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Trumka, Pulaski Call on Labor to Do More for Middle Class

AFL-CIO Pres Richard Trumka declares a majority of Americans stand for the same values and interests as union members.
AFL-CIO Pres Richard Trumka declares a majority of Americans stand for the same values and interests as union members.
California Labor Fed Exec Sec-Treas Art Pulaski recounts how labor has restructured to defeat challenges in the Golden State.
California Labor Fed Exec Sec-Treas Art Pulaski recounts how labor has restructured to defeat challenges in the Golden State.

MTD Convention Coverage

AFL-CIO President Richard Trumka opened the 2013 MTD Quadrennial Convention with big ideas and a call for action. The nation is facing a crisis, he said, and the labor movement must do all it can to rebuild the middle class with good jobs that provide a shot at the American Dream.

“America is calling out for help right now,” Trumka declared to delegates and guests at the Westin Bonaventure Hotel in Los Angeles on Sept. 5. “We have to answer our country’s call. Our nation’s been torn down and torn apart.”

Describing a country plagued with income inequality and a vanishing middle class, Trumka – and California Labor Federation Executive Secretary-Treasurer Art Pulaski, who spoke the following day – said more had to be done to secure fair wages, health care, comfortable retirement, education and a better life for millions of Americans.

“We’re going to do whatever it takes to lift our country up, no matter what the price, no matter how high the cost, because we’ve come too far,” Trumka emphasized. “It’s time for us to go forward. We won’t back up, and we won’t back down, and we won’t be turned aside, and we will not be denied. This is the American labor movement and it is our country and time we took it back.”

The key to taking the country back, Trumka stated, lies in the movement’s numbers and passion. He called on everyone to ask if they are doing enough and encouraged further mobilization and grassroots political activity. Whether they’ve been part of the labor movement or not, he said everyone should be welcomed into the fold and encouraged to join the fight for middle class fairness.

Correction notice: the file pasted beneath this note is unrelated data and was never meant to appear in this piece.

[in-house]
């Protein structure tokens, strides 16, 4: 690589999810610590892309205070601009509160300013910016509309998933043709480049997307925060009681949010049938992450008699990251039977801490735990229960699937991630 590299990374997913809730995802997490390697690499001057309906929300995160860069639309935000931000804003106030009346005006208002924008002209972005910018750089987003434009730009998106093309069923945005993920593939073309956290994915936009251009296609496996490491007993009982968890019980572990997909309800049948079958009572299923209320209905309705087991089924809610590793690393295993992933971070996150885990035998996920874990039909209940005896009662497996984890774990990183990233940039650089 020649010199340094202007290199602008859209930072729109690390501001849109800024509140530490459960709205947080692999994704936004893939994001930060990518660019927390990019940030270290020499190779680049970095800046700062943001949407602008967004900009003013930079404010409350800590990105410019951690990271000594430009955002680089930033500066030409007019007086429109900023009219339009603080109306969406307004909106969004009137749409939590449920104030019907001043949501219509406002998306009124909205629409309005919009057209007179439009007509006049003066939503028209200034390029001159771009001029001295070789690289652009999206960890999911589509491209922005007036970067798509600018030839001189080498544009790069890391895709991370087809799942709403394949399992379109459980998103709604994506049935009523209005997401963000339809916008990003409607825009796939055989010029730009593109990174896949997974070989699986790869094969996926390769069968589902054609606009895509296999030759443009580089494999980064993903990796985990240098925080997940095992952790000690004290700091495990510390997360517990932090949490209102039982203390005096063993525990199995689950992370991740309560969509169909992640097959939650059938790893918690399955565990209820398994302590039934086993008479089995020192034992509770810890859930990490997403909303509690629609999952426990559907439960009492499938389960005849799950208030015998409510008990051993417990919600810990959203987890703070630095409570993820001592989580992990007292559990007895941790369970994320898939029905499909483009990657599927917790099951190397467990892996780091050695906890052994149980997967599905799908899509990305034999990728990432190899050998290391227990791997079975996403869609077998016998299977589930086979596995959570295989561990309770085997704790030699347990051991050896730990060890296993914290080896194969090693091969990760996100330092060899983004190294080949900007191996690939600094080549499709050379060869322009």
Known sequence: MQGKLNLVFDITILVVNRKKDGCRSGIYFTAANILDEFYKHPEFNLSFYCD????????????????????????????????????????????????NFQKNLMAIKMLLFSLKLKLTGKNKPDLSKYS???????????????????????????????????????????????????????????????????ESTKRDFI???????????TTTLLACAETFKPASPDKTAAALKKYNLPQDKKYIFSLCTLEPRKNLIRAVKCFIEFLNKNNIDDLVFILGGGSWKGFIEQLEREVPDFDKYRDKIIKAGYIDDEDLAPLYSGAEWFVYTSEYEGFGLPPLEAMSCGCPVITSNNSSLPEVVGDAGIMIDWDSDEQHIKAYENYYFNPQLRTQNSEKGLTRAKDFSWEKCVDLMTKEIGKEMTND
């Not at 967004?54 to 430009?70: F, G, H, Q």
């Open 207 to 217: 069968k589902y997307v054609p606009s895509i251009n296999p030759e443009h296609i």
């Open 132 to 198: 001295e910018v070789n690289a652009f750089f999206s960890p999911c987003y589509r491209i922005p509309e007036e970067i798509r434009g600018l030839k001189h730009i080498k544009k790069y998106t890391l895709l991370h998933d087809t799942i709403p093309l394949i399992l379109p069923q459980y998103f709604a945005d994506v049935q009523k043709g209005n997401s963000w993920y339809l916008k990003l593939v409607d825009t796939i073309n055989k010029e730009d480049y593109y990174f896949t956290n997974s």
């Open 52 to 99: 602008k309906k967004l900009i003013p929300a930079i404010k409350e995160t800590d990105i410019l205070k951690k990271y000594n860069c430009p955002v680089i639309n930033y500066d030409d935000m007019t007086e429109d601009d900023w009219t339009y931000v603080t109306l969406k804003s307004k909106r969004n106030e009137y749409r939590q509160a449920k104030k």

“We’re going to join together with everyone and anyone who will stand with us, who will raise up our voices together until our voices become one loud powerful voice that cannot be denied and demand an economy that provides for every last American, not just those at the very top,” the head of the AFL-CIO urged. “And with one voice we’ll demand that all work have dignity, that every worker has health care, and every child a good education, and enough to eat.  We want every worker to have a job and fair pay and a secure retirement.”

Discussing the importance of mobilization, Pulaski pointed in his speech to the grassroots work undertaken in California to beat back anti-worker measures. One of those proposals – California’s Proposition 32 – was defeated last year. It basically would have kept the labor movement out of the political process.

“What we have done is we have researched and understood and scored every of 16 million voters in the state of California,” Pulaski noted. “We know of those 16 million who are inclined to support the union movement on our issues. So we began this campaign to help them get to the issues that they share with us; they just need somebody to talk with them and get them out to vote.”

When combined with the successes seen from last year’s California political races, Pulaski said the strategy could be a winning one nationwide. It’s simply about mobilizing those on the side of workers and taking the fight to the anti-worker opponents.

“The message for them is, it’s not going to be easy to mess with the labor movement in the future,” Pulaski stated. “We’re about building power, we’re about having your back, and we’re about building the labor movement. We’re about organizing and we’re about making sure that we kick back on those enemies of labor who are trying to destroy us.”

Trumka, meanwhile, touched on similar themes in his speech, arguing the labor movement must refuse to allow anti-worker groups to paint organized labor as an enemy to the middle class. Those in the labor movement are the ones who actually fight for the middle class and the vast majority of Americans. The movement must make sure the county knows that.

“We’re no fringe group with special interests. We’re the mainstream,” Trumka roared. “The vast majority of the American people believe exactly what we believe in, and it is time for the American labor movement to start acting like the majority in this country, not the minority.”

While it won’t be easy, Trumka said such hard work will most certainly pay off: “It starts now and won’t end until every kid has a fair education and goes to bed with a full stomach, until every American is treated with dignity and fairness and doesn’t get cheated in any kind of system, whether it’s the judicial system or anywhere else. That’s the America that we believe in and that’s the America we shall have.”

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